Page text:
Common psychological treatments

Different types of mental health conditions require different treatments. Psychological treatments provide either an alternative to medication, or work alongside medication.

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Key takeaways

  • Cognitive behaviour therapy is the most used psychological treatment in workers compensation.
  • There are short-term and ongoing forms of treatment.
  • Injured workers can claim expenses relating to medical treatments and services including sessions with allied health professionals such as a psychologist and medical specialists such as a psychiatrist.
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Common treatments

The most-utilised treatment in the workers compensation scheme are:

Cognitive behaviour therapy (CBT)

CBT is the most widely-used psychological treatment. It's a type of talk therapy offered by psychologists and many other mental health professionals.

CBT key features include:

  • identifying troubling situations or conditions in your life
  • becoming aware of your thoughts, emotions and beliefs about these problems
  • identifying negative or inaccurate thinking or habits
  • reshaping negative or inaccurate thinking or habits
  • developing strategies designed to increase activity involvements and social engagement.

CBT is considered a short-term therapy, with the number of sessions ranging from five to 20.

The length of treatment will depend on how severe your worker's symptoms are, how long they've had these symptoms, how quickly they progress and the support they receive from family, friends and you.

Acceptance and commitment therapy (ACT)

ACT focuses on assisting individuals to fundamentally accept uncomfortable thoughts and feelings that can't be changed, and stop investing effort and energy into suppressing these, or ruminating and worrying about them.

A key technique here is combining the practice of mindfulness (more on this below) with self-acceptance to develop psychological flexibility.

Mindfulness training

The practice of mindfulness involves spending periods of time deliberately trying to focus on the here and now, the present moment, and non-judgmentally observing passing thoughts, feelings and sensations without engaging with them.

When practiced regularly, there is evidence that this technique can improve the management of anxiety, depression and pain.

Eye movement desensitisation reprogramming (EMDR)

EMDR is a type of exposure-based intervention where the psychologist will ask the employee to bring their mind to emotionally disturbing material, and hold a focus on this, whilst also engaging in a prescribed eye movements.

Whilst this may seem a bit odd, there is significant evidence that it is effective in reducing the impact on current functioning of a past highly stressful or traumatic experience.


Medication can be useful in the treatment and management of mental illness.  Medication is prescribed, monitored and managed by the nominated treating doctor or psychiatrist.

The dosage, type of medication and prescription period may need to be varied to manage any side effects. The dosage and type of medication may also change over time as symptoms change or improve.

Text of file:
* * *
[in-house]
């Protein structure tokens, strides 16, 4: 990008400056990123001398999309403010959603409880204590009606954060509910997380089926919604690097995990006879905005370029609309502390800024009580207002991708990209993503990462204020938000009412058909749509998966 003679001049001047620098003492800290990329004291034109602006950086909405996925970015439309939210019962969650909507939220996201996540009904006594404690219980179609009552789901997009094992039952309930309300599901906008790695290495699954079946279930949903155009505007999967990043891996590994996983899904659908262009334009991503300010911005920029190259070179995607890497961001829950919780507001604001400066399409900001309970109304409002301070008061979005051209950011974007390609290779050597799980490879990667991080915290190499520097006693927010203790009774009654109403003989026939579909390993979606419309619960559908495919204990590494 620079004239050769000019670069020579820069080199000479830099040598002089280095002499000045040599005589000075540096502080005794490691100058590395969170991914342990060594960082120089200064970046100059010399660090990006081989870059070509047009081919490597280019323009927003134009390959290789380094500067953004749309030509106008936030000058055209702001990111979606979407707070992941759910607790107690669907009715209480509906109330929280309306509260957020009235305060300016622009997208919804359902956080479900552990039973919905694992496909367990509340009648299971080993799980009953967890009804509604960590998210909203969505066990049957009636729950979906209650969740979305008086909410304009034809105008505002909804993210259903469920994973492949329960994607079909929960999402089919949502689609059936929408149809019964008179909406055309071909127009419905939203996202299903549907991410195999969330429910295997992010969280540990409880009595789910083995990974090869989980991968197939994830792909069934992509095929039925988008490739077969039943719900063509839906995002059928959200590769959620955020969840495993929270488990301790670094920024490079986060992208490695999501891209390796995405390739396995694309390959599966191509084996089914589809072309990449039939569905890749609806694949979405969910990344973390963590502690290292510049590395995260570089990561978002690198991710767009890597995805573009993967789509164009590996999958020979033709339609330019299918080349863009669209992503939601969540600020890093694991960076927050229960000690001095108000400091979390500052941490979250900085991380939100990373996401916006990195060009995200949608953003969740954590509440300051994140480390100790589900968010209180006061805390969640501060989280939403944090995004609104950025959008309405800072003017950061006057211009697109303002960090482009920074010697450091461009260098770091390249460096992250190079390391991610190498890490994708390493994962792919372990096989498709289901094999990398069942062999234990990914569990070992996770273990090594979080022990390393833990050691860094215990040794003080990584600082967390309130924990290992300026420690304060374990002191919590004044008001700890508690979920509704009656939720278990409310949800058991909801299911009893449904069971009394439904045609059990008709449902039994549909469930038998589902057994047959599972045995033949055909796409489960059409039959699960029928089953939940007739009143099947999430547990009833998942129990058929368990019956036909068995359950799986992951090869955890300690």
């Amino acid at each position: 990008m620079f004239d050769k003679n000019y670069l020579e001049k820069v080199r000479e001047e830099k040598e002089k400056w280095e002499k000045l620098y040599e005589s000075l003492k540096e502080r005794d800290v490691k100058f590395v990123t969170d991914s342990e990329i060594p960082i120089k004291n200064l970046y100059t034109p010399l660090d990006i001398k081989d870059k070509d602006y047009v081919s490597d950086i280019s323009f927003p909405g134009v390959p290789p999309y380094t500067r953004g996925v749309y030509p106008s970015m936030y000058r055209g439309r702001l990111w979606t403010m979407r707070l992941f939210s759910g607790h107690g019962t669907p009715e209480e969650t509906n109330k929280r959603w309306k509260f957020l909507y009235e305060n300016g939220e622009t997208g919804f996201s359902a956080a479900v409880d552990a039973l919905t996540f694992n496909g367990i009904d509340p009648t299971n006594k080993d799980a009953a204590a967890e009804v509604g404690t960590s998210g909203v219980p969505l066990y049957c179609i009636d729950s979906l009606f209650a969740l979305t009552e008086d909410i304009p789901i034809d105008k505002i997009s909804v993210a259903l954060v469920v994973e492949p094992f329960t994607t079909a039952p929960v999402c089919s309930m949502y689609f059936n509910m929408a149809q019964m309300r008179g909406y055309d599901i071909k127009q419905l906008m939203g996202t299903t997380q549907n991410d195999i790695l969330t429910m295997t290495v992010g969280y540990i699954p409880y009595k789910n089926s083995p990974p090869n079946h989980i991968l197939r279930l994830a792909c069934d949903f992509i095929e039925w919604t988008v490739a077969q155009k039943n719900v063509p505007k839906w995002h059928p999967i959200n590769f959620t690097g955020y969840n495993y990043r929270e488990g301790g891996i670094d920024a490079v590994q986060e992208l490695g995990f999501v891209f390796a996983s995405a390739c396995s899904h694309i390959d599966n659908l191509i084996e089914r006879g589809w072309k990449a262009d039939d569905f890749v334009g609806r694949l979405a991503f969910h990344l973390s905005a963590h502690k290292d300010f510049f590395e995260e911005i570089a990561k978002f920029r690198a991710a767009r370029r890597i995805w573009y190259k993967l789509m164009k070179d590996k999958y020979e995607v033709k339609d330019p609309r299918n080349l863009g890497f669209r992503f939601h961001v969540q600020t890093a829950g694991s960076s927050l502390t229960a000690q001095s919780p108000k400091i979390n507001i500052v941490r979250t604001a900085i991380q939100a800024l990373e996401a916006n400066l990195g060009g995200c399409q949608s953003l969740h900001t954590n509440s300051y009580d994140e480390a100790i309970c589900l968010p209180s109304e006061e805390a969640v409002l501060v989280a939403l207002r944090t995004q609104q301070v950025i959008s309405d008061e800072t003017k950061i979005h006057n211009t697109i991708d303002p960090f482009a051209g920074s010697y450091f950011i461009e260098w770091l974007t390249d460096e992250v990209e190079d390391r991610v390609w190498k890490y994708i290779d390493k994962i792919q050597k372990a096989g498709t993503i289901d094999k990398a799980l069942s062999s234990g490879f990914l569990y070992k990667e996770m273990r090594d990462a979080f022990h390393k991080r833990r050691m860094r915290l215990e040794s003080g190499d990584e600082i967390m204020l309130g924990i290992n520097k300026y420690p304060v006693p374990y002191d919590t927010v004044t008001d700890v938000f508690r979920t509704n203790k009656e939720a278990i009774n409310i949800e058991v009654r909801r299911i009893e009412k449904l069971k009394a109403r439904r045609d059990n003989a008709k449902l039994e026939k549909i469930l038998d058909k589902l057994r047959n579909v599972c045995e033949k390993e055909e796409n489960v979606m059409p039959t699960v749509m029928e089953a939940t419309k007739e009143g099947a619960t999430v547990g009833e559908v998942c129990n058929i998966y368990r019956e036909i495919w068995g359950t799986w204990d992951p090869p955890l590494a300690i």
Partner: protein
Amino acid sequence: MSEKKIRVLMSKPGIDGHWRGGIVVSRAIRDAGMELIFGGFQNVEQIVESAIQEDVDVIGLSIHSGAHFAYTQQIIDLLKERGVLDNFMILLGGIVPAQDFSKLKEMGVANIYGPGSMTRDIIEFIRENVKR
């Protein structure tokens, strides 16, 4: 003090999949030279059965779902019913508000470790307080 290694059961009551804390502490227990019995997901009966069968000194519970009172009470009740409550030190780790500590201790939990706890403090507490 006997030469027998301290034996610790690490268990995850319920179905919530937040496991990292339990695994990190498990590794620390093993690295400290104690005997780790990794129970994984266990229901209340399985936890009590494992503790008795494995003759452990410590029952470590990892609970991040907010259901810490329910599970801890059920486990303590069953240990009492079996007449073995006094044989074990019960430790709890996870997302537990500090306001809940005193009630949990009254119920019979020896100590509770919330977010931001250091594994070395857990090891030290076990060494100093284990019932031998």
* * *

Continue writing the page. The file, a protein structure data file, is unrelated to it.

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Less common treatments

The below treatment modalities are not used as frequently across the scheme, but are available to injured workers who may need more intensive forms of treatment.

In-patient programs

These programs are normally conducted within hospital or medical facilities (private or public system), and involve a multi-disciplinary approach (medication, group sessions, counselling, goal setting, CBT, leisure).

They are typically utilised for multiple patients of similar diagnosis (for example post-traumatic stress disorder) and background (such as emergency services and armed forces).

Patients are overseen by psychiatrists, psychologists and registered nurses.

The length of stay can vary, dependent on the nature of the referral. In patient programmes may be used for patients at high risk of self-harm, to monitor change and stabilisation of new medication(s) or for detoxification and rehabilitation (for example drugs and/or alcohol dependency).

Out-patient programs

Injured workers may take part in an extended outpatient program following discharge from an in-patient program, or access out-patient services instead of in-patient treatment.

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Other types of treatments

Unfortunately, some injured workers in the scheme may develop what is often termed 'treatment-resistant depression'. In these instances, there may be a stronger biological contribution, a strong psychosocial overlay or extensive childhood trauma.

Electro convulsive therapy (ECT) is still used for individuals who are typically suicidal and do not respond to trials of multiple medications.

A new treatment that is currently being trialled in a number of hospitals is transcranial magnetic stimulation (TMS). It is supported by the Royal Australia and New Zealand College of Psychiatrists for individuals who fail to respond to two or more antidepressants. The evidence-base is still being developed for TMS. Typically, the treatment is carried out in out-patient and in-patient settings. 

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